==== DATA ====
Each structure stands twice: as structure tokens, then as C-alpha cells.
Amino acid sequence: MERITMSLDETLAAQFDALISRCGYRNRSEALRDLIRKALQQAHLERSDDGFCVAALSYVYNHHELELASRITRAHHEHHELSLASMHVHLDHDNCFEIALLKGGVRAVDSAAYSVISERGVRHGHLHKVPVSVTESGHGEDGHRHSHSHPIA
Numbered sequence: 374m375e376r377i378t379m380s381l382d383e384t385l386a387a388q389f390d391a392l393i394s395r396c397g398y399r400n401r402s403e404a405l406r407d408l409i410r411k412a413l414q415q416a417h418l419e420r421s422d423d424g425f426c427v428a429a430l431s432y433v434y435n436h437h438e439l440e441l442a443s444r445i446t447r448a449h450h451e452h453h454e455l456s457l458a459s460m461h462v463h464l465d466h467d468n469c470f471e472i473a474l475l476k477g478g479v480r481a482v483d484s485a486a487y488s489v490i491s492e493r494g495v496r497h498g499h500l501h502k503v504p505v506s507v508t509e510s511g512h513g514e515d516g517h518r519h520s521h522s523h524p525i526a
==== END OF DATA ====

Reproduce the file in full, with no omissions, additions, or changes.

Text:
Each structure stands twice: as structure tokens, then as C-alpha cells.
Amino acid sequence: MERITMSLDETLAAQFDALISRCGYRNRSEALRDLIRKALQQAHLERSDDGFCVAALSYVYNHHELELASRITRAHHEHHELSLASMHVHLDHDNCFEIALLKGGVRAVDSAAYSVISERGVRHGHLHKVPVSVTESGHGEDGHRHSHSHPIA
Numbered sequence: 374m375e376r377i378t379m380s381l382d383e384t385l386a387a388q389f390d391a392l393i394s395r396c397g398y399r400n401r402s403e404a405l406r407d408l409i410r411k412a413l414q415q416a417h418l419e420r421s422d423d424g425f426c427v428a429a430l431s432y433v434y435n436h437h438e439l440e441l442a443s444r445i446t447r448a449h450h451e452h453h454e455l456s457l458a459s460m461h462v463h464l465d466h467d468n469c470f471e472i473a474l475l476k477g478g479v480r481a482v483d484s485a486a487y488s489v490i491s492e493r494g495v496r497h498g499h500l501h502k503v504p505v506s507v508t509e510s511g512h513g514e515d516g517h518r519h520s521h522s523h524p525i526a